It’s amazing how our ideas change around food. When writing FoodWISE, I had to choose from many family stories to retell. What follows is one of my favorite family stories—and I retell it at almost all my readings. I probably should think abut a new story!
Clearly, ideas we have about food influence our eating behavior. We’re surrounded by contradictory messages about what we should eat, how much, and when. Experience, association, and memory tell us so much about what we “should” eat that it’s hard to listen to our stomachs or our rational minds. Food is never “just food.” It’s food with associations. This means that the same food can be experienced by two different people in entirely different ways…Sometimes we make those associations in surprising ways.
Years ago our then–twenty-month-old son was cooking side-by-side with his twin sister and stirring a thick batter with chocolate chips, supervised by my friend Teresa while I went out to do errands. Teresa, seeing the look on my face, said, “Don’t worry, he won’t eat them.” But, sure enough, when I returned home I heard that he’d eaten a chip that had fallen out of the bowl—his first taste of chocolate. Alas, I thought, (this, I realize now, was an expression of my own food beliefs) the slippery slope to self-indulgent eating, an obsession with chocolate, a life of unmitigated snacking on sweets. However, my son merely reported: “That was a really good raisin.”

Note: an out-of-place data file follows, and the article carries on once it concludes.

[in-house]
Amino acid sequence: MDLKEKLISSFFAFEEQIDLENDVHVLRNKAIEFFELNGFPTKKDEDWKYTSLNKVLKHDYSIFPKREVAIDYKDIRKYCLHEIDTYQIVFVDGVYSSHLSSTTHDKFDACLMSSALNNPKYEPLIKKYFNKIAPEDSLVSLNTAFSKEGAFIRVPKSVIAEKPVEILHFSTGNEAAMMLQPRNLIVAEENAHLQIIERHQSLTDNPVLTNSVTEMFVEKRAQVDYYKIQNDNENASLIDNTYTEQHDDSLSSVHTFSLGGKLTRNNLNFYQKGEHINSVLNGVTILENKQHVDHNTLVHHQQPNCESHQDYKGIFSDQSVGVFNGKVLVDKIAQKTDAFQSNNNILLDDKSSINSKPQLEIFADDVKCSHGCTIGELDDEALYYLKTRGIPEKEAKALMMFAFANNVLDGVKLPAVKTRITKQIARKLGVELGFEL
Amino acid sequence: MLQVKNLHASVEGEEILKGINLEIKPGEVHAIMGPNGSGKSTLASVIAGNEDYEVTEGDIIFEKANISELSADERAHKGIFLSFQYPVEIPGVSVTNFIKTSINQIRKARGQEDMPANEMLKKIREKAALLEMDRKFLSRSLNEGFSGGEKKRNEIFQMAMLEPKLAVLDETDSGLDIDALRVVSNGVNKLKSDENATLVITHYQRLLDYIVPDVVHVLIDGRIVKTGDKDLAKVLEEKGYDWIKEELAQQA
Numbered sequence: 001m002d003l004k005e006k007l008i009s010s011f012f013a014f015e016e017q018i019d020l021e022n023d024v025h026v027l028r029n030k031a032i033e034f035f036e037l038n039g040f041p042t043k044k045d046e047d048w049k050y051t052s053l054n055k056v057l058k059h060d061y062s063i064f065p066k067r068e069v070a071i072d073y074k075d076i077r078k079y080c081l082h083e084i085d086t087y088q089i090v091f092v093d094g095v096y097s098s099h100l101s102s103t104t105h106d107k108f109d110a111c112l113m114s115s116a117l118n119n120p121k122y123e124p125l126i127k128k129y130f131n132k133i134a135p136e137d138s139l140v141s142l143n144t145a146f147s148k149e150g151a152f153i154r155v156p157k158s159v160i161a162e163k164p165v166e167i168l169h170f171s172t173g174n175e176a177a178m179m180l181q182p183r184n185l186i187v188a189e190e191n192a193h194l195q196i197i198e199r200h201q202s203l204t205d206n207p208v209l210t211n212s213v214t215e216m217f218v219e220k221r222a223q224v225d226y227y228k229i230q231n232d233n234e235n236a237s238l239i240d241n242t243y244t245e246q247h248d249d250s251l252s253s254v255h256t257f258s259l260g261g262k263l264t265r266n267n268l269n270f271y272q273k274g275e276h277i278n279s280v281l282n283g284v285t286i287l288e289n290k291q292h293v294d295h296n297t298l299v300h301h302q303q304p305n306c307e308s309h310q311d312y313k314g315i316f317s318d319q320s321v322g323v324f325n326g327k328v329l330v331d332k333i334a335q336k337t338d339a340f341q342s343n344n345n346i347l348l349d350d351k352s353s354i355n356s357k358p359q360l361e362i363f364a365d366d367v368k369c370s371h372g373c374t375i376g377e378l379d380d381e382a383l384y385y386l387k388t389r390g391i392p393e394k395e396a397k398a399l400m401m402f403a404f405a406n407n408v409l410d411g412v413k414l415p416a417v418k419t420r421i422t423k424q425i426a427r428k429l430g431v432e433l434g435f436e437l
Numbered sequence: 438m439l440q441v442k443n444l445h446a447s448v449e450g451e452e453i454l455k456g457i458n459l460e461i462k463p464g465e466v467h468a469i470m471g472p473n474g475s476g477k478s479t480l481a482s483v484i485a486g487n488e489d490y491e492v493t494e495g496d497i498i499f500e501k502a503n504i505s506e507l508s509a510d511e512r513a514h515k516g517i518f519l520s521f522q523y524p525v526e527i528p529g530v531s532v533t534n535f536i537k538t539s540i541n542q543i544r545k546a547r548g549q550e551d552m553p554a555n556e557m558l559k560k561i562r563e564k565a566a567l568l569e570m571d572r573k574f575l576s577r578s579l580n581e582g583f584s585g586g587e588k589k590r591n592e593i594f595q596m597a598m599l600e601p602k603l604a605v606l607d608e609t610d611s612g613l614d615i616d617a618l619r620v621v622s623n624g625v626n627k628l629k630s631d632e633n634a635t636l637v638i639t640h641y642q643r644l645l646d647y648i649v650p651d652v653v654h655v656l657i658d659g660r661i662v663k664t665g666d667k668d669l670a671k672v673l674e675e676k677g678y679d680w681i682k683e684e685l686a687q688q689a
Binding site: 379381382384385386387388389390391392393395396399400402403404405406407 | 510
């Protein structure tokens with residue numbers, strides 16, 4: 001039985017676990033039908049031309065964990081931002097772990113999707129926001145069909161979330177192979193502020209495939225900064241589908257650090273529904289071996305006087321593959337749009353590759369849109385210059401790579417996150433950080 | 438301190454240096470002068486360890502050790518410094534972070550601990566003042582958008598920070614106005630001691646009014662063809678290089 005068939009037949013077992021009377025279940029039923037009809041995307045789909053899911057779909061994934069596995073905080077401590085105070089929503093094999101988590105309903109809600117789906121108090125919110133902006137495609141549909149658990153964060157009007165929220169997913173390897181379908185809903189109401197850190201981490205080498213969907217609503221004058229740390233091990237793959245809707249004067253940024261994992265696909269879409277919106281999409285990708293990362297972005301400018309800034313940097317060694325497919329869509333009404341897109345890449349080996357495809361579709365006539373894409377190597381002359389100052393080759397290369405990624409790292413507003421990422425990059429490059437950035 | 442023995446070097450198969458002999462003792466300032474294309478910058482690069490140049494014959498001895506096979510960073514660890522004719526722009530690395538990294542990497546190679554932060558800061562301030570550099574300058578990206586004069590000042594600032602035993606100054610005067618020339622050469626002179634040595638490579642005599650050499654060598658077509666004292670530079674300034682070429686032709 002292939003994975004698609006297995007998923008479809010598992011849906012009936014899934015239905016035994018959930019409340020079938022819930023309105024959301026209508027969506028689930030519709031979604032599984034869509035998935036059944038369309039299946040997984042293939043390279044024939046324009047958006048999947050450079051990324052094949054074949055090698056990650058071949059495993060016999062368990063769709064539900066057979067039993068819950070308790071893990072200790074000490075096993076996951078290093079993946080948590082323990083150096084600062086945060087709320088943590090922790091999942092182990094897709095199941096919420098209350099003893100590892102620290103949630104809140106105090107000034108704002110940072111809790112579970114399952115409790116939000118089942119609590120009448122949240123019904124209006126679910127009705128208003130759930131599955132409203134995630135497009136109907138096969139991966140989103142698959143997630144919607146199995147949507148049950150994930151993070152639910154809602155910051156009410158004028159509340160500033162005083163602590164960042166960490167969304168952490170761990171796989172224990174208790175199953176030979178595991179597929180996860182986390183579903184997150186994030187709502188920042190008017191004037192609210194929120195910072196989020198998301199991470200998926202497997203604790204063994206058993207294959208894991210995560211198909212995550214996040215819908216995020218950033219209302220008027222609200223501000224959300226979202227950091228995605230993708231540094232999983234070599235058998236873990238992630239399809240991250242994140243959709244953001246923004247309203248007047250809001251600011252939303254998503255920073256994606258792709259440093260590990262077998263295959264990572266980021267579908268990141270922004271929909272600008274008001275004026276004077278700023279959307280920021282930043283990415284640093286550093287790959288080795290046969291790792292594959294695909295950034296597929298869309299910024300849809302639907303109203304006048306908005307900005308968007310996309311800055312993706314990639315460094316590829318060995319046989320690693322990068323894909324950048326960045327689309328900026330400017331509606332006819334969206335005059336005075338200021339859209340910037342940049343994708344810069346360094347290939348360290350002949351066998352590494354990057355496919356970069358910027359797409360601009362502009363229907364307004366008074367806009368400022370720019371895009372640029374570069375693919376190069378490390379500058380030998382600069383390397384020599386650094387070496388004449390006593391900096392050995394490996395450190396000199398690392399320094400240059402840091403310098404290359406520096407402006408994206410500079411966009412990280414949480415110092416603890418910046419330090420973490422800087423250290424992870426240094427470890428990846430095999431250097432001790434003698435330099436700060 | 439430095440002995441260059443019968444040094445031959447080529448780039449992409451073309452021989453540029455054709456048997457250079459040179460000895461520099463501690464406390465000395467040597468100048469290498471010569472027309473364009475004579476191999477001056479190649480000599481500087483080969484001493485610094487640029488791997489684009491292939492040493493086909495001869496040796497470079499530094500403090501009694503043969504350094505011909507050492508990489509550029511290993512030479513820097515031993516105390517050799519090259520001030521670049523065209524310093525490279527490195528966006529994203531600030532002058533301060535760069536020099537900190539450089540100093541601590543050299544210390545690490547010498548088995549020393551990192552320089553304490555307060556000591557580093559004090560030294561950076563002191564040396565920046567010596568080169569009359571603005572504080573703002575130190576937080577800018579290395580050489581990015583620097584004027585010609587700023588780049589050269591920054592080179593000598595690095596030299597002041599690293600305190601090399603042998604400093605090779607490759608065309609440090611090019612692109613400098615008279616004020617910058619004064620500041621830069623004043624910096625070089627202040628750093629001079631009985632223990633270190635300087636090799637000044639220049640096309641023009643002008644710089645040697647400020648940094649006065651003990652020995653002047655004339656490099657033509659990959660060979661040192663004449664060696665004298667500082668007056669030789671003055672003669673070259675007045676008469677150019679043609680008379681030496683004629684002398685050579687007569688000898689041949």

To me, chocolate is an emotion-laden food. It’s chocolate: the ultimate gastronomic vice (or delight)! Not in my son’s world, though. He had no associations: chocolate wasn’t yet romance or indulgence, heart attack or reward. My son, like every eater everywhere, expected one experience and got another: for him, that food now was a “raisin,” never mind that it didn’t taste or look quite like any raisin he had had before. The actual experience of eating this “raisin” was different than everything he already thought he knew about what he was eating; his perceptions changed his belief about raisins. And from that, they changed his choices; for sure, from then on he was on the lookout for the (really) good raisins.
Maybe our son didn’t notice the slightly different shape and texture of the “raisin”; maybe he did and was game to experiment. If so, then something he didn’t have was neophobia, being fearful of trying new things. In the process of trying new foods, he was building associations, part of a memory strategy. For those neophobes among us it’s simple: no new foods, no new memories. But we can’t spend our entire lives sustained by childhood foods, right? Instead, let’s embrace a bigger consciousness about food.